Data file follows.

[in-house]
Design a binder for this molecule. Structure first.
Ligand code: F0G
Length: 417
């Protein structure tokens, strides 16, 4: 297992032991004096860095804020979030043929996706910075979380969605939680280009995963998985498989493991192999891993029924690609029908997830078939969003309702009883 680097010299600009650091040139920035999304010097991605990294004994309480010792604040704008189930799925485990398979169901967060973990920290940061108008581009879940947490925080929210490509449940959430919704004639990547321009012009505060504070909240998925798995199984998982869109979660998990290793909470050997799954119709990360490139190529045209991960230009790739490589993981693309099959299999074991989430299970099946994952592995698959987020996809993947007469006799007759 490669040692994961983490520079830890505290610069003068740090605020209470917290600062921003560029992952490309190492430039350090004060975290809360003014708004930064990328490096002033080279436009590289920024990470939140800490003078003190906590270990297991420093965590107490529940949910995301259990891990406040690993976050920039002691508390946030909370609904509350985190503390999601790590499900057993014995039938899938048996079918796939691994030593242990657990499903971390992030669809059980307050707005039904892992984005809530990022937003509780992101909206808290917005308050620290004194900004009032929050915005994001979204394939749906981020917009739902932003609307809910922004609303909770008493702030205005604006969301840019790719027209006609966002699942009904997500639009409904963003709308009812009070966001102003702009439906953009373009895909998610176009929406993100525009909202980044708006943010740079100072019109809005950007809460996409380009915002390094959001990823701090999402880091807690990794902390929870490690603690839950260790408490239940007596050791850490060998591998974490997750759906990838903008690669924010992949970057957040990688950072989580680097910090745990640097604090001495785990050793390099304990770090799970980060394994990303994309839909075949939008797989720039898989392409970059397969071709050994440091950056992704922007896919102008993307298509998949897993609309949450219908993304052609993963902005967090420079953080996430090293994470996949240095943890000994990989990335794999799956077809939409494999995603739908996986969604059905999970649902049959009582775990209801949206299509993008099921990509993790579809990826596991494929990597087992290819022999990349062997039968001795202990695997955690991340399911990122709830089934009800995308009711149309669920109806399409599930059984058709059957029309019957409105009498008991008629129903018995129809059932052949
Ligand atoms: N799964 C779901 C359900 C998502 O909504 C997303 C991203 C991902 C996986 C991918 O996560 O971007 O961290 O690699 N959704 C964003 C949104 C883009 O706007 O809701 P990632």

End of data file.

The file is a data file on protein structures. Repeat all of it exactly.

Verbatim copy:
[in-house]
Design a binder for this molecule. Structure first.
Ligand code: F0G
Length: 417
């Protein structure tokens, strides 16, 4: 297992032991004096860095804020979030043929996706910075979380969605939680280009995963998985498989493991192999891993029924690609029908997830078939969003309702009883 680097010299600009650091040139920035999304010097991605990294004994309480010792604040704008189930799925485990398979169901967060973990920290940061108008581009879940947490925080929210490509449940959430919704004639990547321009012009505060504070909240998925798995199984998982869109979660998990290793909470050997799954119709990360490139190529045209991960230009790739490589993981693309099959299999074991989430299970099946994952592995698959987020996809993947007469006799007759 490669040692994961983490520079830890505290610069003068740090605020209470917290600062921003560029992952490309190492430039350090004060975290809360003014708004930064990328490096002033080279436009590289920024990470939140800490003078003190906590270990297991420093965590107490529940949910995301259990891990406040690993976050920039002691508390946030909370609904509350985190503390999601790590499900057993014995039938899938048996079918796939691994030593242990657990499903971390992030669809059980307050707005039904892992984005809530990022937003509780992101909206808290917005308050620290004194900004009032929050915005994001979204394939749906981020917009739902932003609307809910922004609303909770008493702030205005604006969301840019790719027209006609966002699942009904997500639009409904963003709308009812009070966001102003702009439906953009373009895909998610176009929406993100525009909202980044708006943010740079100072019109809005950007809460996409380009915002390094959001990823701090999402880091807690990794902390929870490690603690839950260790408490239940007596050791850490060998591998974490997750759906990838903008690669924010992949970057957040990688950072989580680097910090745990640097604090001495785990050793390099304990770090799970980060394994990303994309839909075949939008797989720039898989392409970059397969071709050994440091950056992704922007896919102008993307298509998949897993609309949450219908993304052609993963902005967090420079953080996430090293994470996949240095943890000994990989990335794999799956077809939409494999995603739908996986969604059905999970649902049959009582775990209801949206299509993008099921990509993790579809990826596991494929990597087992290819022999990349062997039968001795202990695997955690991340399911990122709830089934009800995308009711149309669920109806399409599930059984058709059957029309019957409105009498008991008629129903018995129809059932052949
Ligand atoms: N799964 C779901 C359900 C998502 O909504 C997303 C991203 C991902 C996986 C991918 O996560 O971007 O961290 O690699 N959704 C964003 C949104 C883009 O706007 O809701 P990632």